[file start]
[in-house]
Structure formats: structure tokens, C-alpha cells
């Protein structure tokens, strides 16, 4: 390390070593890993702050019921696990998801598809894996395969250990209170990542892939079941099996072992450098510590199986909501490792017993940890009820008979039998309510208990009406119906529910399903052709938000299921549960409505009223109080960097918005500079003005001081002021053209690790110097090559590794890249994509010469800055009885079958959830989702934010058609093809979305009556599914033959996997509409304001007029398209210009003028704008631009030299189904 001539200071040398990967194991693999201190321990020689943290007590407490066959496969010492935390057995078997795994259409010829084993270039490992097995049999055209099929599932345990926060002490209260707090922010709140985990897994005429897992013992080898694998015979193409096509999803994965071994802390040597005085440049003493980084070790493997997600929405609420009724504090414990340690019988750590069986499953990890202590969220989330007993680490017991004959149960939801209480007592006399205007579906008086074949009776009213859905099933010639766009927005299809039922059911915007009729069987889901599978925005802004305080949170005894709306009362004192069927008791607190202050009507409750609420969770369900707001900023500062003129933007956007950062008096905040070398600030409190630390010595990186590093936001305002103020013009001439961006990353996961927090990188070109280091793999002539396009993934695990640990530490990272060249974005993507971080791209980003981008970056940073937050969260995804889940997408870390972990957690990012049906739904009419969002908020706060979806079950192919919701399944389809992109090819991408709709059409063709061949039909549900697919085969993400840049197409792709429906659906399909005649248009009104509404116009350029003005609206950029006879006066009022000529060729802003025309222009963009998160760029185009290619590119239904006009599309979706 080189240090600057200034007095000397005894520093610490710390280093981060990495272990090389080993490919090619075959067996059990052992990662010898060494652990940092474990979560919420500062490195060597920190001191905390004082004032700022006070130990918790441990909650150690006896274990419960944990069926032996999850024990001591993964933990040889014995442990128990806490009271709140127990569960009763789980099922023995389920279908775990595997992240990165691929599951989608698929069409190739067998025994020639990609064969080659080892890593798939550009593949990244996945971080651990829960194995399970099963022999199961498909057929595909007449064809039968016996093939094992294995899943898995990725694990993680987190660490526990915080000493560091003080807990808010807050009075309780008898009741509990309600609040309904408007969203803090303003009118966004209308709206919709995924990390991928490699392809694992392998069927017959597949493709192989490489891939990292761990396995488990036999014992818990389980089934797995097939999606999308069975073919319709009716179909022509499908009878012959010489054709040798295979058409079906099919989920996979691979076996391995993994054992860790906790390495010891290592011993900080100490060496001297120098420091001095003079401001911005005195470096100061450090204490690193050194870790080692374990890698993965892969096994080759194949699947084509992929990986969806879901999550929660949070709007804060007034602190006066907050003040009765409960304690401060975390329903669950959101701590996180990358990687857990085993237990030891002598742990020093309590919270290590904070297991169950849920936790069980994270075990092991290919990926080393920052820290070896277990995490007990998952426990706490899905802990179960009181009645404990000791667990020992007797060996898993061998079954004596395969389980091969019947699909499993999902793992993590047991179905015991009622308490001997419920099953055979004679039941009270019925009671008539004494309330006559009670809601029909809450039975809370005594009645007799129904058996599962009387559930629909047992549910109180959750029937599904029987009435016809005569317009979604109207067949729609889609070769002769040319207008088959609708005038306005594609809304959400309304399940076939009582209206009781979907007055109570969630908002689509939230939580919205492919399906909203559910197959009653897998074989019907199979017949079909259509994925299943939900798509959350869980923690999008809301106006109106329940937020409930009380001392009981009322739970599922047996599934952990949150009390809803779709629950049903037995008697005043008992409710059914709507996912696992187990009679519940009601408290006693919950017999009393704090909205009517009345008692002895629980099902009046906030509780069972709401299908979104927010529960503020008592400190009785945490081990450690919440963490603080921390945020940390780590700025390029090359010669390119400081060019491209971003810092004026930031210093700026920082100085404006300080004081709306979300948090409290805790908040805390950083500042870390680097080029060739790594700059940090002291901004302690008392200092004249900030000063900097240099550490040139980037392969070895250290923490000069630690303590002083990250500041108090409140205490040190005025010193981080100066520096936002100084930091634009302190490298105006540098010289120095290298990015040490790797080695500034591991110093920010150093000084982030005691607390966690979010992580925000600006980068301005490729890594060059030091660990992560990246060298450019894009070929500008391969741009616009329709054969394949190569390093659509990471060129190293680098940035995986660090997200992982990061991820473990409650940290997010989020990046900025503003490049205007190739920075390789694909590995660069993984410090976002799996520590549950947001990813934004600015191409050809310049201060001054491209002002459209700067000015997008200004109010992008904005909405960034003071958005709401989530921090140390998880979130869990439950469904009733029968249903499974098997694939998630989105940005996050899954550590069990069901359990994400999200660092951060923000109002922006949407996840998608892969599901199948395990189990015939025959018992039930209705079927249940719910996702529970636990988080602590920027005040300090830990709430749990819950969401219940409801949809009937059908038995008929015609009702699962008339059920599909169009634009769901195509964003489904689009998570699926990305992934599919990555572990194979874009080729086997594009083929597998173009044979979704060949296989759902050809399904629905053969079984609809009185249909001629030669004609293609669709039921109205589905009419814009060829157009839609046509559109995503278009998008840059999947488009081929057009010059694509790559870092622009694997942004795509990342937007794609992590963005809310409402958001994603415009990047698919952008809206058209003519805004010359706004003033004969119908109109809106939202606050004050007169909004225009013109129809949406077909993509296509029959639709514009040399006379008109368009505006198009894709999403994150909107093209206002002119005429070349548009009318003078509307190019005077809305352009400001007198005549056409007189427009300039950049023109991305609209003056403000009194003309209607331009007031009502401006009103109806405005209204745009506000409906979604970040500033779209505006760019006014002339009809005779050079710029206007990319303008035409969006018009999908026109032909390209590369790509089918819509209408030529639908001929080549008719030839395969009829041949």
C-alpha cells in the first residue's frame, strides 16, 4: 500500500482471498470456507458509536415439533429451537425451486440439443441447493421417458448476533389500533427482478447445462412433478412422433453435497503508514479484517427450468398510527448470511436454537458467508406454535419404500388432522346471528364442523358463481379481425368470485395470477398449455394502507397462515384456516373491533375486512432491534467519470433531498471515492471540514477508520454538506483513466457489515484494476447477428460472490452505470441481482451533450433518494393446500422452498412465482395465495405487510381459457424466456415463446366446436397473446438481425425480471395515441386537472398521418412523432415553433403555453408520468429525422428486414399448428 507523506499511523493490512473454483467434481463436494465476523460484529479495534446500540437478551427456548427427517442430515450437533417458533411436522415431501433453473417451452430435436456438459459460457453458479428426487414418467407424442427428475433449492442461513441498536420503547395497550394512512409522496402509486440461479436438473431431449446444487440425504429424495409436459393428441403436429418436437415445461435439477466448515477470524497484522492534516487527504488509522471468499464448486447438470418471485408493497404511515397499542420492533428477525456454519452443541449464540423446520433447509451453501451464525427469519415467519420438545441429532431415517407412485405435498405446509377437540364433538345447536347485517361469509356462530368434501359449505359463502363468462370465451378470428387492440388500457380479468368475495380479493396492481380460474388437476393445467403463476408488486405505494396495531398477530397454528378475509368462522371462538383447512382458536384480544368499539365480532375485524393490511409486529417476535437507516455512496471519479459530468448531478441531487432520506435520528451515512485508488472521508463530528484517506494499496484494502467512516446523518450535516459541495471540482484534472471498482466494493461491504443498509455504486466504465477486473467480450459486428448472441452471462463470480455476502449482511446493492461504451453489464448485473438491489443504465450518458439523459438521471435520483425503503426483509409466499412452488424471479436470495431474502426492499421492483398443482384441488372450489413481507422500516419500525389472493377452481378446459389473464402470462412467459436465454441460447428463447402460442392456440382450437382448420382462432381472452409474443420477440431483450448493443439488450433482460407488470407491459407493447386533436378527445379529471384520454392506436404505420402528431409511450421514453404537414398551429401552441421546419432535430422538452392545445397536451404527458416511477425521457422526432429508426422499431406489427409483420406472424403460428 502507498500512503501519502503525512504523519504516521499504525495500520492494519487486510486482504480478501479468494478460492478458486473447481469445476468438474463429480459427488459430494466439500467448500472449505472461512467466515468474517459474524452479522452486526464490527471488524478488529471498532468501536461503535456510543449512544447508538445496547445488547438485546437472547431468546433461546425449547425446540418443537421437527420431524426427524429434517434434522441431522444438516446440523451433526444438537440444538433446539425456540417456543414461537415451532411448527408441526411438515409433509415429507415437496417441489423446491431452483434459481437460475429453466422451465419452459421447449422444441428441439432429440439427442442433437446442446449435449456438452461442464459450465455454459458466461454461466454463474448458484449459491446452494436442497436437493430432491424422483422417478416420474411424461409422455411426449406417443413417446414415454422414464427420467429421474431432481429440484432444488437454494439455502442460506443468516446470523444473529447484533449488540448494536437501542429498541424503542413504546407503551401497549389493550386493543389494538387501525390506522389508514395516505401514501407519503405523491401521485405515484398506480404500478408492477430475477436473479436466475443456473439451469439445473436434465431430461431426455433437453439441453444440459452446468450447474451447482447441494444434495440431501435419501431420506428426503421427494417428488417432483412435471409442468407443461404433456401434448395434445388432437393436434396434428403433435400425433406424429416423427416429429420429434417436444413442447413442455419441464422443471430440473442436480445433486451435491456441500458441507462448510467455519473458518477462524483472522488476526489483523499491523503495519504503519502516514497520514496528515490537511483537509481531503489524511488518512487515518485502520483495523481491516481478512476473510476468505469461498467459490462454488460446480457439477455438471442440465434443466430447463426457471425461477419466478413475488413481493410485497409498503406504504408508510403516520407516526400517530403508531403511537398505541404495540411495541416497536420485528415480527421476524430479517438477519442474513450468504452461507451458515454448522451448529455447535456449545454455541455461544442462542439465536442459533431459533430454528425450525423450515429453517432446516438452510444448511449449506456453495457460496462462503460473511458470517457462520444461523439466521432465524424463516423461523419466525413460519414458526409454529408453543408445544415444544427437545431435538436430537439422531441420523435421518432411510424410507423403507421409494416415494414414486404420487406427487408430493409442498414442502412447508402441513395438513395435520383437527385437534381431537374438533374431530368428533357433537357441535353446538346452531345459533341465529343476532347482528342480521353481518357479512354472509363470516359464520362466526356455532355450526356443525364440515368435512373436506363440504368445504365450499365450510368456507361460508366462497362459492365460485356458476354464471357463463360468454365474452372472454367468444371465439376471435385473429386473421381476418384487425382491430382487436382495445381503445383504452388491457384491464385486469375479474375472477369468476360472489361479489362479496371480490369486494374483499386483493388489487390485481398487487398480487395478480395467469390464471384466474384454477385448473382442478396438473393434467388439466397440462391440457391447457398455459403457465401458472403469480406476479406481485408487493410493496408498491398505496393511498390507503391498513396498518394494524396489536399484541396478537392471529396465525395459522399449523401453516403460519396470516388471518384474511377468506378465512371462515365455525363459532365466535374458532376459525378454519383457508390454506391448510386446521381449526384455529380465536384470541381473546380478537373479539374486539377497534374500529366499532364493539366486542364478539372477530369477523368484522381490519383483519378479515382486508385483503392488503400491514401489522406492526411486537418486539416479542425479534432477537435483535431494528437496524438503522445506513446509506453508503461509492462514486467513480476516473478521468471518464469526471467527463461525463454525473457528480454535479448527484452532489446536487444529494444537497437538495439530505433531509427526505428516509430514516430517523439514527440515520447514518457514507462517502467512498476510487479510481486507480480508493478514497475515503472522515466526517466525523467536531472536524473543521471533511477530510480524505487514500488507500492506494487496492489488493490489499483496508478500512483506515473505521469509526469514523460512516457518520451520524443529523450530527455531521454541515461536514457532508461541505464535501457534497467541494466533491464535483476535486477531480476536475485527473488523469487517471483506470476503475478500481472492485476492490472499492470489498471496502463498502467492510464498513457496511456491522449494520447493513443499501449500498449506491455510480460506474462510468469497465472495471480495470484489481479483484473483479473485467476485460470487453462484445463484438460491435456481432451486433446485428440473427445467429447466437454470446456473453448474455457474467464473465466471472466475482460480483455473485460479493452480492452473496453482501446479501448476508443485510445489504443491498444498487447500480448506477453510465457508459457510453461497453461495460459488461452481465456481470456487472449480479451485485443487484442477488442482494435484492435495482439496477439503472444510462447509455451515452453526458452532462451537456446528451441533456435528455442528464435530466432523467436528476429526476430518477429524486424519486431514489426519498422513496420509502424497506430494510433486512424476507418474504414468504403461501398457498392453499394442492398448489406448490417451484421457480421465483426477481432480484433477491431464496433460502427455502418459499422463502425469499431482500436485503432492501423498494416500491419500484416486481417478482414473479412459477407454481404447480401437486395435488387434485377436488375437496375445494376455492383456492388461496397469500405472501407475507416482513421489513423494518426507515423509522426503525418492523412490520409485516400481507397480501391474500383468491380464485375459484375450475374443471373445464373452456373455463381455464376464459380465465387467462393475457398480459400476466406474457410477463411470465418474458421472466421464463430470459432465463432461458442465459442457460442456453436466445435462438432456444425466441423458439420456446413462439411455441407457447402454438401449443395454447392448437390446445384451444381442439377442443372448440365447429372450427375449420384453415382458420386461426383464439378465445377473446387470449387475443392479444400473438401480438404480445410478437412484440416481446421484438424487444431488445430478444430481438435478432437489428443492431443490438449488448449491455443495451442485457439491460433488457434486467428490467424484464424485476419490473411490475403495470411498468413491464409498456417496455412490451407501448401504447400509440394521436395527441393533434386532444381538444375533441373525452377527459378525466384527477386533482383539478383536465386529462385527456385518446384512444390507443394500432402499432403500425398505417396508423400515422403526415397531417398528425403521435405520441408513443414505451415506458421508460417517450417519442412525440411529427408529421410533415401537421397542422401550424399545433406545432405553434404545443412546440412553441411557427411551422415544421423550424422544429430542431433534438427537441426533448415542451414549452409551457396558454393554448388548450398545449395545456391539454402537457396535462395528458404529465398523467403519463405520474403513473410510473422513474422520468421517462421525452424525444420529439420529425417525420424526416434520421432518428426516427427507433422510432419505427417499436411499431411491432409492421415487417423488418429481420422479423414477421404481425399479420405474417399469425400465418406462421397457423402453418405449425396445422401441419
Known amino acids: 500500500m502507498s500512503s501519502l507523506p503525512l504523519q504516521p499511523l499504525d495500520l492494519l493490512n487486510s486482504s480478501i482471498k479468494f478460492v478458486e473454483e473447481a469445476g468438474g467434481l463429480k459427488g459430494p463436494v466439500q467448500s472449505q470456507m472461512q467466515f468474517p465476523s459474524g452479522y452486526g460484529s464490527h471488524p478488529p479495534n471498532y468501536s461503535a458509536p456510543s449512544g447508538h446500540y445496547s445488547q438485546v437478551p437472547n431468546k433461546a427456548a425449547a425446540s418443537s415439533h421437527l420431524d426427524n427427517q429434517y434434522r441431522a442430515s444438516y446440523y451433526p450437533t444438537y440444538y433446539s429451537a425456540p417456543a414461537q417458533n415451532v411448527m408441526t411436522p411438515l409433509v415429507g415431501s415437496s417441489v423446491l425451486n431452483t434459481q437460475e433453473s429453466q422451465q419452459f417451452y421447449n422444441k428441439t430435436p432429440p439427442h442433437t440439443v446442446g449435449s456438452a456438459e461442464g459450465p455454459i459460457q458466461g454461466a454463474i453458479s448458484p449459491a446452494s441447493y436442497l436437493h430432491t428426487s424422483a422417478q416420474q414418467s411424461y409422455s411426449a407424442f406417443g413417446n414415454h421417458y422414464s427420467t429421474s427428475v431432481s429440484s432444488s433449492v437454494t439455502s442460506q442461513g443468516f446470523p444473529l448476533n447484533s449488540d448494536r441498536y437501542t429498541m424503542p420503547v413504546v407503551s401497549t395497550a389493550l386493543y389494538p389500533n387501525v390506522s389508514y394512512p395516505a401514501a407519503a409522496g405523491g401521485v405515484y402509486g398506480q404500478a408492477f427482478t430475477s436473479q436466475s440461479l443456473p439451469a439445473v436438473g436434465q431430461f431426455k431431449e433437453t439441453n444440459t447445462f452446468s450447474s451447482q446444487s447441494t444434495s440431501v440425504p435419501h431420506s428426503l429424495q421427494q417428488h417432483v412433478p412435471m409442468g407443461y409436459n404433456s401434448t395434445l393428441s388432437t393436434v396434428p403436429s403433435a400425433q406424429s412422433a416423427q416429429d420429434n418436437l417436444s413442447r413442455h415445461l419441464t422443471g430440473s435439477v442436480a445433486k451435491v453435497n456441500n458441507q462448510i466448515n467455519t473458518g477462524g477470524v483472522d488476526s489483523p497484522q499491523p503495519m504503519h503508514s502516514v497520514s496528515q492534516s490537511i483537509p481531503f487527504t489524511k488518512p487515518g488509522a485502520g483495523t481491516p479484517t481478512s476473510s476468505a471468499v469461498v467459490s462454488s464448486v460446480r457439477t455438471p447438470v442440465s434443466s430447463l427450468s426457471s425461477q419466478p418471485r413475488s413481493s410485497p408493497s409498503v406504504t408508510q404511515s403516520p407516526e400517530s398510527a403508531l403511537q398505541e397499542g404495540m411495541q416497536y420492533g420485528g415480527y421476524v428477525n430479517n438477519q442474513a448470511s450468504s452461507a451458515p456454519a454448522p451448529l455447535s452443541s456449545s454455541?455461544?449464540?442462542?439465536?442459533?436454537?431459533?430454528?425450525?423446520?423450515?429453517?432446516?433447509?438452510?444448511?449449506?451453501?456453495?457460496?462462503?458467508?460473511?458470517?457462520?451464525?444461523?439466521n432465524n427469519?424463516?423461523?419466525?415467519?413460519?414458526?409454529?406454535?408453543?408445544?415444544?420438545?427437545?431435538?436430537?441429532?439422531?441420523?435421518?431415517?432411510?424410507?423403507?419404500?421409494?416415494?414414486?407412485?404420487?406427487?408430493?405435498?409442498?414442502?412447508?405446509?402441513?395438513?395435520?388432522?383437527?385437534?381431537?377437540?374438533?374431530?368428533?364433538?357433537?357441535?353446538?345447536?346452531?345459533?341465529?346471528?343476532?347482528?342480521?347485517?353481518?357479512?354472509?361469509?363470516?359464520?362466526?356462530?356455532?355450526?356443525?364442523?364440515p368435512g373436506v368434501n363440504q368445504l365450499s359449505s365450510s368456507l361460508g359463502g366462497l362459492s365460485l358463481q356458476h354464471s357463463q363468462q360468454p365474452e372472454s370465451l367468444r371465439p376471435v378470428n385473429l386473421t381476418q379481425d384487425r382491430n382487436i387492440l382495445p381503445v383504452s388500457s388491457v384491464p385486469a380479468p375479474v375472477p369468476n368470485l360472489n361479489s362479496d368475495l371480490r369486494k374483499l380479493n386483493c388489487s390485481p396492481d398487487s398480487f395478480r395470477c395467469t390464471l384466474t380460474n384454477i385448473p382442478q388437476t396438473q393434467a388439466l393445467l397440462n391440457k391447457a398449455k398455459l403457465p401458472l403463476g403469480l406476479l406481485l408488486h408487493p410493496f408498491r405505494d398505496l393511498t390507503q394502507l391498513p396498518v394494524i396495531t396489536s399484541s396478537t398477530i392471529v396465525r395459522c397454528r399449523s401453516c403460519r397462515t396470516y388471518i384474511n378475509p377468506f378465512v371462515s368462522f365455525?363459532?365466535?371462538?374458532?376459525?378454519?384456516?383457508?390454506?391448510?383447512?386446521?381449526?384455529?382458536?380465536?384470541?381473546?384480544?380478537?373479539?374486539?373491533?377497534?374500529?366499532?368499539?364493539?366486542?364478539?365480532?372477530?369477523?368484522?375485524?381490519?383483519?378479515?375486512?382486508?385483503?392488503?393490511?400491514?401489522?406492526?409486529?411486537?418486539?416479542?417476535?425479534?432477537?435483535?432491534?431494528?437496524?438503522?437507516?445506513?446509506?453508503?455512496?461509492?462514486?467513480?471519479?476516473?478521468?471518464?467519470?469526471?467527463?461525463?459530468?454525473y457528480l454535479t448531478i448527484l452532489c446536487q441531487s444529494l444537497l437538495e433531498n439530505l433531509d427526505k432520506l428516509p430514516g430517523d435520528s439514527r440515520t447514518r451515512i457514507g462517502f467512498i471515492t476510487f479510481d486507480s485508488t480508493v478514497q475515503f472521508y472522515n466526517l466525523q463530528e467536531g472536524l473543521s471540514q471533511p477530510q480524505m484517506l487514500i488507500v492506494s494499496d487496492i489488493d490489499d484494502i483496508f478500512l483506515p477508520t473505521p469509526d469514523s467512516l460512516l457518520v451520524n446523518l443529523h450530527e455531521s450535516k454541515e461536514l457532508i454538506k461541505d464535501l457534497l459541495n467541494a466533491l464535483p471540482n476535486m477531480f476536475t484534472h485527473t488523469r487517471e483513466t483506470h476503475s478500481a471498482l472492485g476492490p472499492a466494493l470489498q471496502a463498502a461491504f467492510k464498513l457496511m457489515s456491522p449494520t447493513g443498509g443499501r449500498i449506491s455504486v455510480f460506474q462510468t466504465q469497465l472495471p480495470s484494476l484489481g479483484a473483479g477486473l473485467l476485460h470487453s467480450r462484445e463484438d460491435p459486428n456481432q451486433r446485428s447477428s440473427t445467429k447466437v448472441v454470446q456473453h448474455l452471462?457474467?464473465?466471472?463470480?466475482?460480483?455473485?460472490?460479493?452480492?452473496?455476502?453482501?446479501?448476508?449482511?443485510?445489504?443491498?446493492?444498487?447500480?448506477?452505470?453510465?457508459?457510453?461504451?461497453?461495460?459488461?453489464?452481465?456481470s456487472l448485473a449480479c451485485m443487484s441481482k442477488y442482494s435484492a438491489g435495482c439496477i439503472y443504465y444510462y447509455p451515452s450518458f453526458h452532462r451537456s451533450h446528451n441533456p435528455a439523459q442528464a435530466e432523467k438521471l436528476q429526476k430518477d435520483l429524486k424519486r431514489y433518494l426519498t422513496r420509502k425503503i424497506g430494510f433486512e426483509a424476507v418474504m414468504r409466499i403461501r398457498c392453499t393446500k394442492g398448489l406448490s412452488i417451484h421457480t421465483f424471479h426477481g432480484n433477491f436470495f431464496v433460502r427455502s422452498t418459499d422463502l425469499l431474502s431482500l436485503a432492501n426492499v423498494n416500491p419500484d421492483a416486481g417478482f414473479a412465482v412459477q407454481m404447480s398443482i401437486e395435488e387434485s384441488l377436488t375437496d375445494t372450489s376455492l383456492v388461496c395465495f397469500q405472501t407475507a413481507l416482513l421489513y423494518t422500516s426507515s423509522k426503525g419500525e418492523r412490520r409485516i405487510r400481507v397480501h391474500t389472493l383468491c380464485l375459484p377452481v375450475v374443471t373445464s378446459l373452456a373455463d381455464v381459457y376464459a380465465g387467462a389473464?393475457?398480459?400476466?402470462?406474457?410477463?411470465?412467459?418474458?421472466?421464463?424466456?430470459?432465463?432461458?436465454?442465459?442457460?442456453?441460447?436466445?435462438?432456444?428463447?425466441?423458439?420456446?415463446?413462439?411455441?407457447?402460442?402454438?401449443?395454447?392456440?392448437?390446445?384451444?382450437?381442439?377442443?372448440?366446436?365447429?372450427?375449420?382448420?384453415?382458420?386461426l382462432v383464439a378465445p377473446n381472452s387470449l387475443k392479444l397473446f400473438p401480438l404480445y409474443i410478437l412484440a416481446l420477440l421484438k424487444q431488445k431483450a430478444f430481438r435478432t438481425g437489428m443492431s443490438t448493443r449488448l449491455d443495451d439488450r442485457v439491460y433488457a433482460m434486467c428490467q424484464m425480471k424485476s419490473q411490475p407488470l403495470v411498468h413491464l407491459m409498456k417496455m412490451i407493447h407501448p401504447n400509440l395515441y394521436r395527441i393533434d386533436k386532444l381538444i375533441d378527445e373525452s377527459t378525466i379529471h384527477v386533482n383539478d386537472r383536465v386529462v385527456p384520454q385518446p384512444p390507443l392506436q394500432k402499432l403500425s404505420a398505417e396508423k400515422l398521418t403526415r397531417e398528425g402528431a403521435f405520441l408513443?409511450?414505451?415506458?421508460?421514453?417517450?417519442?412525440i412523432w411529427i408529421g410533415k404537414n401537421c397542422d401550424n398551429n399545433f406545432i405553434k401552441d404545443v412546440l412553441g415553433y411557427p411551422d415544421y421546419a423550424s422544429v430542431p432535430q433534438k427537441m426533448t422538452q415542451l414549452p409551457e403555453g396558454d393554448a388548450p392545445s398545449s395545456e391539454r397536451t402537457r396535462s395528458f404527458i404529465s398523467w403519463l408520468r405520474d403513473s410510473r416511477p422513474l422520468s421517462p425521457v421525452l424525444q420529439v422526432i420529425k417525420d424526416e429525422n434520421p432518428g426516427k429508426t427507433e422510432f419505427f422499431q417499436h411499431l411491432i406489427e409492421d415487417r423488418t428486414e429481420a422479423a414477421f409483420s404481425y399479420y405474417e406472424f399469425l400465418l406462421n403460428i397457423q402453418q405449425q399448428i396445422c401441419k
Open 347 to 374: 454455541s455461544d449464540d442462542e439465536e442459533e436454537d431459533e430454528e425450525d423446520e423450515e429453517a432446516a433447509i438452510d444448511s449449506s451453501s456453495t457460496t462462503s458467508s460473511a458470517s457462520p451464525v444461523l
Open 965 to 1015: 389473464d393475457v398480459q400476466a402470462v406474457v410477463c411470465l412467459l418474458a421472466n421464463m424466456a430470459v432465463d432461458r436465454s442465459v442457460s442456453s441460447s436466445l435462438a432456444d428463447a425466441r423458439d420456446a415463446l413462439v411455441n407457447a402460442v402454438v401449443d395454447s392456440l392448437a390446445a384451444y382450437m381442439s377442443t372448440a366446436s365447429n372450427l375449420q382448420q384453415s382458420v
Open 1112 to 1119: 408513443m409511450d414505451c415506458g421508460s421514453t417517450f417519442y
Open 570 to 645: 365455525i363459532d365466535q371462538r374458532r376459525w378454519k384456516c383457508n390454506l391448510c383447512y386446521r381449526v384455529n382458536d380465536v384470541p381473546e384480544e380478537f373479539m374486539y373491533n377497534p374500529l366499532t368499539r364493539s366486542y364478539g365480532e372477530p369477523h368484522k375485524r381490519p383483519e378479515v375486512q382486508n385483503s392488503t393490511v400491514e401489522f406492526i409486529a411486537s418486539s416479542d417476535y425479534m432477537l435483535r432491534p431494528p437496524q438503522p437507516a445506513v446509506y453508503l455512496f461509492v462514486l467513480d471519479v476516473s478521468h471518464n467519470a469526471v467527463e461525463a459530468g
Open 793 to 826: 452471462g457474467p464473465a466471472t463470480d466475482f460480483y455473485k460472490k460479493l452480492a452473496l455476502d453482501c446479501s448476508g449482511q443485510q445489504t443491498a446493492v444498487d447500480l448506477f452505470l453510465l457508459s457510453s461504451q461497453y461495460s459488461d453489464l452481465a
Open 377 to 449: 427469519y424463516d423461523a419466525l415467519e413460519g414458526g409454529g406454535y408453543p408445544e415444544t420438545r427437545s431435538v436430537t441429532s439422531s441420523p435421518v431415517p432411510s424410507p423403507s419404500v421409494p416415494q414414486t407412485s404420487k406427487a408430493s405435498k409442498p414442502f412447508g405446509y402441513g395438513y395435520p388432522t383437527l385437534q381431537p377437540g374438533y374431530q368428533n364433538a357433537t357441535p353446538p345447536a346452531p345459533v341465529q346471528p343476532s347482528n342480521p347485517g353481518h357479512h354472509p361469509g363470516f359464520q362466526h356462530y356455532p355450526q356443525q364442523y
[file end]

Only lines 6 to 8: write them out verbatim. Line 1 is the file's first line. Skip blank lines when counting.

Open 347 to 374: 454455541s455461544d449464540d442462542e439465536e442459533e436454537d431459533e430454528e425450525d423446520e423450515e429453517a432446516a433447509i438452510d444448511s449449506s451453501s456453495t457460496t462462503s458467508s460473511a458470517s457462520p451464525v444461523l
Open 965 to 1015: 389473464d393475457v398480459q400476466a402470462v406474457v410477463c411470465l412467459l418474458a421472466n421464463m424466456a430470459v432465463d432461458r436465454s442465459v442457460s442456453s441460447s436466445l435462438a432456444d428463447a425466441r423458439d420456446a415463446l413462439v411455441n407457447a402460442v402454438v401449443d395454447s392456440l392448437a390446445a384451444y382450437m381442439s377442443t372448440a366446436s365447429n372450427l375449420q382448420q384453415s382458420v
Open 1112 to 1119: 408513443m409511450d414505451c415506458g421508460s421514453t417517450f417519442y